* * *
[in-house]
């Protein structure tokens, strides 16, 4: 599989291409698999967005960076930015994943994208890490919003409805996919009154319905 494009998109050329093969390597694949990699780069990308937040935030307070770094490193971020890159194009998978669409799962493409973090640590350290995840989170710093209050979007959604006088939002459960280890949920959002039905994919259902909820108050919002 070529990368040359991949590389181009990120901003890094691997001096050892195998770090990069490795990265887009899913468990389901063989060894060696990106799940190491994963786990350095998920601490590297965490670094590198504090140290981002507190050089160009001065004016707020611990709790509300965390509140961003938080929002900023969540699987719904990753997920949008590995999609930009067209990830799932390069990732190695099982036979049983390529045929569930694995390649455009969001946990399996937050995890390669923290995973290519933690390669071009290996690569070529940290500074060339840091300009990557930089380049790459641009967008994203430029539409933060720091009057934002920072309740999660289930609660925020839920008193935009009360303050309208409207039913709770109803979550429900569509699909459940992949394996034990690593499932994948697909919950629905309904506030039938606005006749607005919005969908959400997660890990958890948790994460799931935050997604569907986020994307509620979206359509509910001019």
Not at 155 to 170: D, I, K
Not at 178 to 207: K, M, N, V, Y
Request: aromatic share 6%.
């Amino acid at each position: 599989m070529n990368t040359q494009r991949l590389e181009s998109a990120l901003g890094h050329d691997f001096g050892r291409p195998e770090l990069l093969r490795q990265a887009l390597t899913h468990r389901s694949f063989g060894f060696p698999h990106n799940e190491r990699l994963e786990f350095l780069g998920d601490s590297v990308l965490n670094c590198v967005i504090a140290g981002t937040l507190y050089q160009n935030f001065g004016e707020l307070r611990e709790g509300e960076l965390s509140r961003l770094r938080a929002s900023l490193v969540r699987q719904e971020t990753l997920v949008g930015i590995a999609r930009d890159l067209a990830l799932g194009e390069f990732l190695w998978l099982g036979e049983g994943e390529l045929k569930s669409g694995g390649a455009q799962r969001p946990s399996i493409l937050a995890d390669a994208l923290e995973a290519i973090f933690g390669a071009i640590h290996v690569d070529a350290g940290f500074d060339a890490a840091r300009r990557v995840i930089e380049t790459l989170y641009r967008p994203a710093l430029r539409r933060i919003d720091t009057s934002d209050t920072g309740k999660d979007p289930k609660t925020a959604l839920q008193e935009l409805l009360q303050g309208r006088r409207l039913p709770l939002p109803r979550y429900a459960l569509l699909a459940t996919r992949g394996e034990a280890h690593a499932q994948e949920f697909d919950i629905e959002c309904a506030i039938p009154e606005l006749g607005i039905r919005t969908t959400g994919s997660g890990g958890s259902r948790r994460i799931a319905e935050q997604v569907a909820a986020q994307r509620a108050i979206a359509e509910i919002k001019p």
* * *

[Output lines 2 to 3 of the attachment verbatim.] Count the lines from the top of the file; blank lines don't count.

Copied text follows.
């Protein structure tokens, strides 16, 4: 599989291409698999967005960076930015994943994208890490919003409805996919009154319905 494009998109050329093969390597694949990699780069990308937040935030307070770094490193971020890159194009998978669409799962493409973090640590350290995840989170710093209050979007959604006088939002459960280890949920959002039905994919259902909820108050919002 070529990368040359991949590389181009990120901003890094691997001096050892195998770090990069490795990265887009899913468990389901063989060894060696990106799940190491994963786990350095998920601490590297965490670094590198504090140290981002507190050089160009001065004016707020611990709790509300965390509140961003938080929002900023969540699987719904990753997920949008590995999609930009067209990830799932390069990732190695099982036979049983390529045929569930694995390649455009969001946990399996937050995890390669923290995973290519933690390669071009290996690569070529940290500074060339840091300009990557930089380049790459641009967008994203430029539409933060720091009057934002920072309740999660289930609660925020839920008193935009009360303050309208409207039913709770109803979550429900569509699909459940992949394996034990690593499932994948697909919950629905309904506030039938606005006749607005919005969908959400997660890990958890948790994460799931935050997604569907986020994307509620979206359509509910001019």
Not at 155 to 170: D, I, K